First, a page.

Review: Wonder Woman #1 by Brian Azzarello, Cliff Chiang & Wilson

Wonder Woman #1

Written by Brian Azzarello

Art by Cliff Chiang and Matthew Wilson

I was excited to hear Brian Azzarello was re-imagining Wonder Woman. Wonder Woman has always been one of my favorite DC characters through thick and thin, and when I heard of his plan to really embrace mythology for his retelling, I was thrilled. Cliff Chiang is one of my favorite artists. After Human Target, Dr. Thirteen, and Green Arrow/Black Canary, I grew to enjoy his stylized, refreshing take on superheroes and action choreography. Unfortunately, the first issue is marred by a slow start to what could have been a defining DC experience for their masthead heroine.

The book opens with an obsidian man entertaining three women in his high rise. Meanwhile, a woman appears on a Virginia farm and sends two centaur to attack the farm’s owner, who is protected by Hermes, the Greek messenger god himself. Hermes sends the woman to London, to Wonder Woman, who simply suits up, takes the woman back to the farm, and attempts to beat some answers out of the attackers. A prophecy is made, and further plot points are set up.

Wonder Woman doesn’t appear until halfway through the book, but when she does, this is definitely an Amazon warrior – cheap shots are taken, limbs are cleaved, and yes, the bracelets deflect projectiles. Like Deathstroke, Wonder Woman doesn’t hold back in relishing the honestly brutal world it seeks to present. It’s a strength of Azzarello’s. And because she’s taking it out on mythological monsters, even her hapless farmgirl can’t hold it against her.

Where it stumbles is the fact that this is Wonder Woman’s relaunch, her representation. We’ve already had the embarrassment of the pilot, but this is DC’s chance to really find new footing for the audiences old and new. The book took some risks that might not pay off. Azzarello’s script has all the hooks needed to engage the reader, but this is one of the few New 52 titles I’ve read where going in blind for the ride detracted. I’m fine with the concept and accepting the first half, but Wonder Woman’s introduction lacked punch and…well, wonder. She carries herself well in battle, but I really feel this script could have had names replaced and worked as any other generic superhero title with the right tweaks. The dialogue also lacks character, and feels hollow at times. The issue as a whole just doesn’t feel finished, on the script end.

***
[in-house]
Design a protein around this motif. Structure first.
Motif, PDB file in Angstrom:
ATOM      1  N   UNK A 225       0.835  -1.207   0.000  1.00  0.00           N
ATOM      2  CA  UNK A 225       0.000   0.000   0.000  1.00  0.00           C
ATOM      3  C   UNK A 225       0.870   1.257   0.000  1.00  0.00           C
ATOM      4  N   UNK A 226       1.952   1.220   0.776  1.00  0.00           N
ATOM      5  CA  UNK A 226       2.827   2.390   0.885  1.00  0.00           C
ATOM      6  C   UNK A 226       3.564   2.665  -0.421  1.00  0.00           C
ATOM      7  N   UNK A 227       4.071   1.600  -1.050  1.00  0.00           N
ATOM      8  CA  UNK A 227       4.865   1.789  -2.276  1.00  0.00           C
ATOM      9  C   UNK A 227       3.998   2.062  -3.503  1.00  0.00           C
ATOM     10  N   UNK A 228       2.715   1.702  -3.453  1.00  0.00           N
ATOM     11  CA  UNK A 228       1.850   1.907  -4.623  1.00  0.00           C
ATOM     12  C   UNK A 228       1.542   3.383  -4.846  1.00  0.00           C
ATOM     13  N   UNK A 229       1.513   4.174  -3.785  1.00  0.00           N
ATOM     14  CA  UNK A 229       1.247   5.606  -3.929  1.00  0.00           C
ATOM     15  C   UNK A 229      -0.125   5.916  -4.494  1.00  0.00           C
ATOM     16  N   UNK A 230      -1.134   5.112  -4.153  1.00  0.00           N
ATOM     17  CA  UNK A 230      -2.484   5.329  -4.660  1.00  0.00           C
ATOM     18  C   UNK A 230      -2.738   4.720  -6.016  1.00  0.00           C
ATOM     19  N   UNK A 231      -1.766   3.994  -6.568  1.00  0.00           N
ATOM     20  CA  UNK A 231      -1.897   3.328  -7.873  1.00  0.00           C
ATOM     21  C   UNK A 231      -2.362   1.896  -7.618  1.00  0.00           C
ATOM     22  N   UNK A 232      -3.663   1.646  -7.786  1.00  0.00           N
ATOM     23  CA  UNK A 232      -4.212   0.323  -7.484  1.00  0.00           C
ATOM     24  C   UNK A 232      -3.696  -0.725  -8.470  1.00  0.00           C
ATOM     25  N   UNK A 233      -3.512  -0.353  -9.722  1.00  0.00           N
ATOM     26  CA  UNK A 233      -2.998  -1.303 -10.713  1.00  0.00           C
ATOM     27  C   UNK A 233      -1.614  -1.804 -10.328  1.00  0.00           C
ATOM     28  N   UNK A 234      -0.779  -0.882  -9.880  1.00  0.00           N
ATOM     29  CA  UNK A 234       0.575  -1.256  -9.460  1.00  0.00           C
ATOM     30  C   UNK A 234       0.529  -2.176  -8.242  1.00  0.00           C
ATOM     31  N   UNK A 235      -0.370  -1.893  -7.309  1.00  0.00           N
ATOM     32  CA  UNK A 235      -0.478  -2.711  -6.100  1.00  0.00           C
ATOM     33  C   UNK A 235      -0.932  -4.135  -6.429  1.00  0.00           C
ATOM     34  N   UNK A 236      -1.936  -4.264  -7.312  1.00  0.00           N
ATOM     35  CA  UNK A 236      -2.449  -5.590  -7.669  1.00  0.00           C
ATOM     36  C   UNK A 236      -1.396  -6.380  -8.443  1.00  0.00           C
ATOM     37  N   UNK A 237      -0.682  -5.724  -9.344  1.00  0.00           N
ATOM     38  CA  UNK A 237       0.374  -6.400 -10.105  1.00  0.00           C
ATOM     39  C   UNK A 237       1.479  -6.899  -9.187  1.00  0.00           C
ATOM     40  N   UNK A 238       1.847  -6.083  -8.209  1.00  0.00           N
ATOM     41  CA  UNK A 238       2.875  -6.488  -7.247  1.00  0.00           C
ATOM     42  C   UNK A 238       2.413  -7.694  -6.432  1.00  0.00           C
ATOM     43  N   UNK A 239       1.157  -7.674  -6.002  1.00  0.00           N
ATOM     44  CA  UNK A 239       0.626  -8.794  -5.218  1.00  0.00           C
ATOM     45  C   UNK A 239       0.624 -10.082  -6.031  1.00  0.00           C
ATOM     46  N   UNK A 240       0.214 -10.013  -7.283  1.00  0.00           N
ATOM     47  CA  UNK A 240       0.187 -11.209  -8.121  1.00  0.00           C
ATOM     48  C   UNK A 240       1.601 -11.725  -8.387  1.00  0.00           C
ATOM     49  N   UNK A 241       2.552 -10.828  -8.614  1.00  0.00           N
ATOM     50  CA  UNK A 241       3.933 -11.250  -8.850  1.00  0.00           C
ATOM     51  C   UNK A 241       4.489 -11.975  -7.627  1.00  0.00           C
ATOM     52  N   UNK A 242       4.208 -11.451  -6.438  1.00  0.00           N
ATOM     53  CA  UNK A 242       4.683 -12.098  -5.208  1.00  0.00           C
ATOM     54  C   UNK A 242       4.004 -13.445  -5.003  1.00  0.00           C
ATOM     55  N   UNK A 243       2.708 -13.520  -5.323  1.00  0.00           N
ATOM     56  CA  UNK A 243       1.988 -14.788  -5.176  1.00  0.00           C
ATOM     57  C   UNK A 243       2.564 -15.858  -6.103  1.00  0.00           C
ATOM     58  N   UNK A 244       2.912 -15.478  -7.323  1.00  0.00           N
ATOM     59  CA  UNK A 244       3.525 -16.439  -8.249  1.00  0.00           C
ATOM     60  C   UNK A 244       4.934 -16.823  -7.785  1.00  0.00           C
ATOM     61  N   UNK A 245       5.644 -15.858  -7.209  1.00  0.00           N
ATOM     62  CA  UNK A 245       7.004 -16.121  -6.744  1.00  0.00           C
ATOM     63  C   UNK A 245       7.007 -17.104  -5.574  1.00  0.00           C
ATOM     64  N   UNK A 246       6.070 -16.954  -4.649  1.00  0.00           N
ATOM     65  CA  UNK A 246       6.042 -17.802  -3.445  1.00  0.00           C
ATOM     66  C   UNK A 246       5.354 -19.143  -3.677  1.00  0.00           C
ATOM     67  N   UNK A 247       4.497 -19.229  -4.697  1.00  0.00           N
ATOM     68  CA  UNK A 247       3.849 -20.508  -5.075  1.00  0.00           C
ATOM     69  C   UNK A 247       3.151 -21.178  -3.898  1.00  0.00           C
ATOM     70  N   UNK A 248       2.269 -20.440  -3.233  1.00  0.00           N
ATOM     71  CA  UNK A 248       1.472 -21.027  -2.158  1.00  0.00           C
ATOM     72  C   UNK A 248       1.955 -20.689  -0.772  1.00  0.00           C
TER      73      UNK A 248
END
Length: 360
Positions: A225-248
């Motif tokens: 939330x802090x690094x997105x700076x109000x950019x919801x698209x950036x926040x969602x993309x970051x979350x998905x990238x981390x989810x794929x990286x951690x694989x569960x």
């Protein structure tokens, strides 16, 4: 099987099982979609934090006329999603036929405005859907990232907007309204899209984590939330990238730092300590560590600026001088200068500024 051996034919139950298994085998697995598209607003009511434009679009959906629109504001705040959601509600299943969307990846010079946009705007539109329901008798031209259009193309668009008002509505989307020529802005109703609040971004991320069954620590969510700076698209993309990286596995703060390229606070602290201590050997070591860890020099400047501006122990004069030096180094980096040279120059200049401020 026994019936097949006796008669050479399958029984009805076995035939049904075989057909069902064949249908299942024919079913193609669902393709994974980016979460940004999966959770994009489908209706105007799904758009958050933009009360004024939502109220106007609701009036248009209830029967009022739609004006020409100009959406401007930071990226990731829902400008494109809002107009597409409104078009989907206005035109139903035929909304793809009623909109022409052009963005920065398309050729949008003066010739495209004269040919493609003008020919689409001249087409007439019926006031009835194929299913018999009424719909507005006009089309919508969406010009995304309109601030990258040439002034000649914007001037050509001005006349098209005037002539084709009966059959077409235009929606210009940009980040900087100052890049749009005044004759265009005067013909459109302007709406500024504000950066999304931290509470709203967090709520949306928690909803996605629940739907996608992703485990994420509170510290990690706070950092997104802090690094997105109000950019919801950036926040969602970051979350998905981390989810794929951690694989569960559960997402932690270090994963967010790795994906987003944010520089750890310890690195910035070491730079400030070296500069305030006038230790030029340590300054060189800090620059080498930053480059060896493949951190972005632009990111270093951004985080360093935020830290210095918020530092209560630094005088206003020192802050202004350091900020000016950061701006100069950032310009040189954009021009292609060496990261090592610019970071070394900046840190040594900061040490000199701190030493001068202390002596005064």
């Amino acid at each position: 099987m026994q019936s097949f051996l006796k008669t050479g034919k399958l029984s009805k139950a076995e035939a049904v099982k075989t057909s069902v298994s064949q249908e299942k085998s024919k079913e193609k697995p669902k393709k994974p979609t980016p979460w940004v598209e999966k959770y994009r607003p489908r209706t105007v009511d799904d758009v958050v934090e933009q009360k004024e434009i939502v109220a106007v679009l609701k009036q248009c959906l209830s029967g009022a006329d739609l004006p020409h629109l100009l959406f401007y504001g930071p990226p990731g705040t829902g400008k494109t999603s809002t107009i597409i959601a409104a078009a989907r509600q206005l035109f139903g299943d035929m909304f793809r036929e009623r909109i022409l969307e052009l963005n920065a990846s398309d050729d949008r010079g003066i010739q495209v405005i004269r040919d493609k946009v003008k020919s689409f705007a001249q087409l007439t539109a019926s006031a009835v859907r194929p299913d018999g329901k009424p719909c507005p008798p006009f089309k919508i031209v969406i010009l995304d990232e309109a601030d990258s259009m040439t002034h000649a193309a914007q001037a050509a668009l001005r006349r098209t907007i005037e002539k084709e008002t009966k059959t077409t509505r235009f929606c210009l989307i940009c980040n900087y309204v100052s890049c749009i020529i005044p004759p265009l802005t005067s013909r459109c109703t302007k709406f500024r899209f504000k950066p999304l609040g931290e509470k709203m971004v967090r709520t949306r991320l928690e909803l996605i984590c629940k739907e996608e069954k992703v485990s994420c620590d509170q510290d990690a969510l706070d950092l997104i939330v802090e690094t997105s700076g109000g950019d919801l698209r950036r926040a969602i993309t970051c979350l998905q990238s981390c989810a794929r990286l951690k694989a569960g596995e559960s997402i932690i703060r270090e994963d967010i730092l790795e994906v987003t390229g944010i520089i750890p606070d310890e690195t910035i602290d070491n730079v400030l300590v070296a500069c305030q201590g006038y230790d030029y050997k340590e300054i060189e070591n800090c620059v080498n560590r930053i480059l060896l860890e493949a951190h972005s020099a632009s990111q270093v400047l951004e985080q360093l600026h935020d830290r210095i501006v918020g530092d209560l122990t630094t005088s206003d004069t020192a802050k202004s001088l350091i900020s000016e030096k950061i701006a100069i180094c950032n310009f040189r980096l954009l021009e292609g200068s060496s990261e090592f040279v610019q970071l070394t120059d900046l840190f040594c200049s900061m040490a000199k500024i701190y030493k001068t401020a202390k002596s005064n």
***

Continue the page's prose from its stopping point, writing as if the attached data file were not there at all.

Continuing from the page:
The second risk is the art. Cliff Chiang does gorgeous work, stylized characters, excellent expressions (especially the eyes), and fantastical beasts. The backgrounds, people, every day objects, action sequences; they’re all wonderful, and I hope this book works so that I can watch Chiang develop. That said, it still lacks the visual punch that the Justice League, Superman, or Batman have gotten in their titles. I’m not saying Cliff Chiang is a bad fit for the book at all, and perhaps this understated look is part of Wonder Woman’s reinvention as a strong niche character that won’t be hampered by being one of “The Big Three” anymore. As a longtime fan, I can honestly say that’s a potential plus, being free of any expectation or legacy. I like this new artistic approach, I just worry.

Matthew Wilson’s colors are as beautiful as ever. You may have seen his work in Wolverine, Secret Avengers, or Red Skull. He brings a lush, dreamy tone to Chiang’s pencils that doesn’t over-render the world, adding to the brutally honest feeling the entire book has going for it.

Wonder Woman #1 is a toss up. On one hand, it’s an interesting premise with a prestigious writer behind it and an art team that clearly has a passion for the book. It’s just a little light on content, confidence, and consistence for a first issue. Don’t expect Wonder Woman to go big or bend the genre like other New DCU titles, but do give it a chance and let the story unfurl.

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